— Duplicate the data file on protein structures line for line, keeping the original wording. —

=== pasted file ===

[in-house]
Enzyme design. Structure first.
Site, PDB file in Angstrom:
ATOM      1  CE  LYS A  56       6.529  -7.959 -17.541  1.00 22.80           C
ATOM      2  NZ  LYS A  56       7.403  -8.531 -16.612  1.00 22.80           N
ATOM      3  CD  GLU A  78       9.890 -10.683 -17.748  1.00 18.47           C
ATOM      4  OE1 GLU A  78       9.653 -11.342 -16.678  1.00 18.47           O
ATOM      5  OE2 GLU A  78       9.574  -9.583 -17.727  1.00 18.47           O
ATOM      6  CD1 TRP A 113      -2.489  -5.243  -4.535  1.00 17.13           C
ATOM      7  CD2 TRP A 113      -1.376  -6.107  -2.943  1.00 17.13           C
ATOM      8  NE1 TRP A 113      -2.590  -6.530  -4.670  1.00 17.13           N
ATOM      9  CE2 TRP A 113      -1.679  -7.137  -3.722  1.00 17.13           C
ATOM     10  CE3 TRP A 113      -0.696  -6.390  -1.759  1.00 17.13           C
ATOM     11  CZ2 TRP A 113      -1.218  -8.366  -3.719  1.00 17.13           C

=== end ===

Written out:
[in-house]
Enzyme design. Structure first.
Site, PDB file in Angstrom:
ATOM      1  CE  LYS A  56       6.529  -7.959 -17.541  1.00 22.80           C
ATOM      2  NZ  LYS A  56       7.403  -8.531 -16.612  1.00 22.80           N
ATOM      3  CD  GLU A  78       9.890 -10.683 -17.748  1.00 18.47           C
ATOM      4  OE1 GLU A  78       9.653 -11.342 -16.678  1.00 18.47           O
ATOM      5  OE2 GLU A  78       9.574  -9.583 -17.727  1.00 18.47           O
ATOM      6  CD1 TRP A 113      -2.489  -5.243  -4.535  1.00 17.13           C
ATOM      7  CD2 TRP A 113      -1.376  -6.107  -2.943  1.00 17.13           C
ATOM      8  NE1 TRP A 113      -2.590  -6.530  -4.670  1.00 17.13           N
ATOM      9  CE2 TRP A 113      -1.679  -7.137  -3.722  1.00 17.13           C
ATOM     10  CE3 TRP A 113      -0.696  -6.390  -1.759  1.00 17.13           C
ATOM     11  CZ2 TRP A 113      -1.218  -8.366  -3.719  1.00 17.13           C